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One factor that could knock your score down unfairly, are errors in your credit reports. And these, unfortunately, do happen. But they can be fixed. And it is easier to correct your credit report by understanding how credit bureaus handle disputes.
Why Your Credit Report is Important
Your three-digit credit score can mean the difference between nabbing that mortgage loan or remaining a renter. It can mean the difference between paying sky-high rates for your auto insurance or ones that you can actually afford.
A low credit score might even scuttle your chance to land your dream job. A growing number of employers — 60 percent in one recent survey — are looking at the credit scores of applicants when filling jobs.
It’s important, then, that your credit score is as high as possible. Ideally, it should be 720 or higher on the popular FICO credit-scoring system.
Unfortunately it is not uncommon for credit reports to obtain one or more errors. And, unfair as it is, these errors can knock your score down. For example, your credit report might say that you missed three auto loan payments in 2012, when you’re absolutely sure you’ve never mailed in a car payment late. Your credit report might list three open credit card accounts that you know you closed three years ago.
These errors can lower your credit score. But you can do something about it. It just requires you to take a deeper look at how the country’s three national credit bureaus operate and how they deal with consumer disputes. And to be prepared to write a detailed letter to the company explaining the errors and the corrections.
Three national credit bureaus compile credit information on consumers, TransUnion, Experian and Equifax. Each of these bureaus also maintain their own credit reports on consumers. This means that you have three credit reports out there, and there’s no guarantee that these reports say the same thing about your financial maturity.
You should once a year order your credit reports. You can get these for free from AnnualCreditReport.com. (Just make sure to order your reports from that site; other sites promising free credit reports are usually scams of some sort.)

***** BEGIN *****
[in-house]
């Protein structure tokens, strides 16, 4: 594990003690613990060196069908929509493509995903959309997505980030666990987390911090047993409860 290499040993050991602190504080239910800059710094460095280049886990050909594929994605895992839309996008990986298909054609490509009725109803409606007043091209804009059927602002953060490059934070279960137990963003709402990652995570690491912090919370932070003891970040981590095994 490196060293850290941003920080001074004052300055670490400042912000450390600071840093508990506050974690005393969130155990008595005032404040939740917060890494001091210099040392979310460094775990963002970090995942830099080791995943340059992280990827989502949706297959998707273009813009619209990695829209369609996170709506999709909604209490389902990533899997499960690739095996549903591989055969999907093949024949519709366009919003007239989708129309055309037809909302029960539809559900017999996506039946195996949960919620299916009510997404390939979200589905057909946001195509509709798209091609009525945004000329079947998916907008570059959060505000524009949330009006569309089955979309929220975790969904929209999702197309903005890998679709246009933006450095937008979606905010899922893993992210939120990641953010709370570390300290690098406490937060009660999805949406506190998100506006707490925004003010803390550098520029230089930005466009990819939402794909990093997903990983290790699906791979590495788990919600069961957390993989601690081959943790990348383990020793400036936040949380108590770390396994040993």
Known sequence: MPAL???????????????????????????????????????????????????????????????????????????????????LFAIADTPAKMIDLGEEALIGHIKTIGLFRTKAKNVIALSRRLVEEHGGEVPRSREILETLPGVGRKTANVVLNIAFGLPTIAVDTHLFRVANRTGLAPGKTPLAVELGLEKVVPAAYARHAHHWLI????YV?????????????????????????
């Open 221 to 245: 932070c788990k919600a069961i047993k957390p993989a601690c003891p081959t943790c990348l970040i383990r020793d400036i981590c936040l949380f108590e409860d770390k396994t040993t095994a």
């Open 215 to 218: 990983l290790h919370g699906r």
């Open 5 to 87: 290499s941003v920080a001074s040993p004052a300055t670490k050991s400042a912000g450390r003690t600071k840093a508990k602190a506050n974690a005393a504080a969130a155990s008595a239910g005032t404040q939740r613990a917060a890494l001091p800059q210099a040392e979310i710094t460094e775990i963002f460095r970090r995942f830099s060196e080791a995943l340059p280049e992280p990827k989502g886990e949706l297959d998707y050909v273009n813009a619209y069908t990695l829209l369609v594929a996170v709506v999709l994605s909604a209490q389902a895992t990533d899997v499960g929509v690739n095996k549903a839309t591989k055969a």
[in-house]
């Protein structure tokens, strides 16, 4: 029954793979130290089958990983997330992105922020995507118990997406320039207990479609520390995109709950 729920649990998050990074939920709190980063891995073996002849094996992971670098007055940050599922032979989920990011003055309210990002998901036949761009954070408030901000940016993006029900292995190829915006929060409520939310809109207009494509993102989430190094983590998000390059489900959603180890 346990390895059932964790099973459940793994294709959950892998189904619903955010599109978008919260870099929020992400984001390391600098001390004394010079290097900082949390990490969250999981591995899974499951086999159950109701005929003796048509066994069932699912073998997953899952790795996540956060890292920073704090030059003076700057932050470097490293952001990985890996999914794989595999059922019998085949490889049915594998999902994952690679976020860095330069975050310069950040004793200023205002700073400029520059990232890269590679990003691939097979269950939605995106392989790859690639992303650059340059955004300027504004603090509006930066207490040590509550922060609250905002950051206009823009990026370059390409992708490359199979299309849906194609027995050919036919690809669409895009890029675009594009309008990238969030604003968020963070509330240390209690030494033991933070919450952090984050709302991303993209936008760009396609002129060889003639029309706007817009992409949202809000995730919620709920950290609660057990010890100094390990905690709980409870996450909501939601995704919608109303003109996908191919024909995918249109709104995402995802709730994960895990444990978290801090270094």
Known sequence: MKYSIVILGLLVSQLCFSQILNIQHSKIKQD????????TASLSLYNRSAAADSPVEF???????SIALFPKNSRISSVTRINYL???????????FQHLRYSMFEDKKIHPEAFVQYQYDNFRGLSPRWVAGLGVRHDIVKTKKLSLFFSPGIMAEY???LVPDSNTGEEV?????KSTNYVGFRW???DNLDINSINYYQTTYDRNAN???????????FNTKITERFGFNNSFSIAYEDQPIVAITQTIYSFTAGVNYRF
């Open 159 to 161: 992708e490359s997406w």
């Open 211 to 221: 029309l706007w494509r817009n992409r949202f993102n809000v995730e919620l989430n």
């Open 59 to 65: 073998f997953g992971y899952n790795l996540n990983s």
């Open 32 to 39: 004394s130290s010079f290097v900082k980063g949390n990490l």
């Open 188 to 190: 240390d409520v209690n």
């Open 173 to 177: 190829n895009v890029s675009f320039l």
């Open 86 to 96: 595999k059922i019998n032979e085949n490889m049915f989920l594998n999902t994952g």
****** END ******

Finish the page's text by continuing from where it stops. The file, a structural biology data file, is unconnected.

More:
You’re entitled to one free credit report from each of the three credit bureaus every 12 months. You can obtain your free reports from AnnualCreditReport.com.
Study the Information
Once you get your reports, study them carefully. Look for any negative information that seems odd or incorrect. (Check out this article for tips to reading and understanding your credit report.)
You might find records of missed mortgage payments or late credit-card payments. Maybe you see a credit card listed on one of your reports that you’ve never applied for or used.
If you find errors, it’s time to make a correction.
Unfortunately, doing this is far from a quick process.
Tedious Work of Correcting Your Credit Report
Correcting a mistake on your credit reports is tedious work. But it is important.
Once you find a mistake, tell the offending credit bureau in writing — you can find the bureau’s addresses at their Web homes — what information you think is inaccurate. You’ll also need to supply copies — send copies, not originals — of any documents that help support your argument. For instance, if one of your reports says that you skipped a car payment in May of 2009, make sure to send along a copy of the check that you sent to your auto financing company that month.
Your letter should include your complete name and address and a clearly spelled out request to remove the incorrect information. A sample credit report dispute letter can be found here.
You may also want to notify your creditor that made the erroneous report. If you are able to get the creditor to update the mistake in their credit reporting, it will make your task that much easier. Instructions on how to send a creditor a dispute letter are found here.
The Federal Trade Commission recommends that you send your letters by certified mail. This way, you’ll be certain that someone has received it. You can also document this way when the credit bureau received your request.
The Process Credit Bureaus Use to Handle Disputes
The credit bureaus must investigate the disupted items within 30 days, unless they rule that your dispute is a frivolous one. The bureaus will also send all your documentation to the company — whether that company is a bank, credit card issuer or lender — that provided the information that you claim is inaccurate.
This company must then investigate your claims and report back to the credit bureau. If the company agrees with you that the information on your credit report is inaccurate, it must then send a notice to all three credit bureaus so that they can correct the information.
Once the bureau wraps up its investigation, it must provide you the results in writing. It must also provide you with a free copy of your credit report if it has had to change information in your file.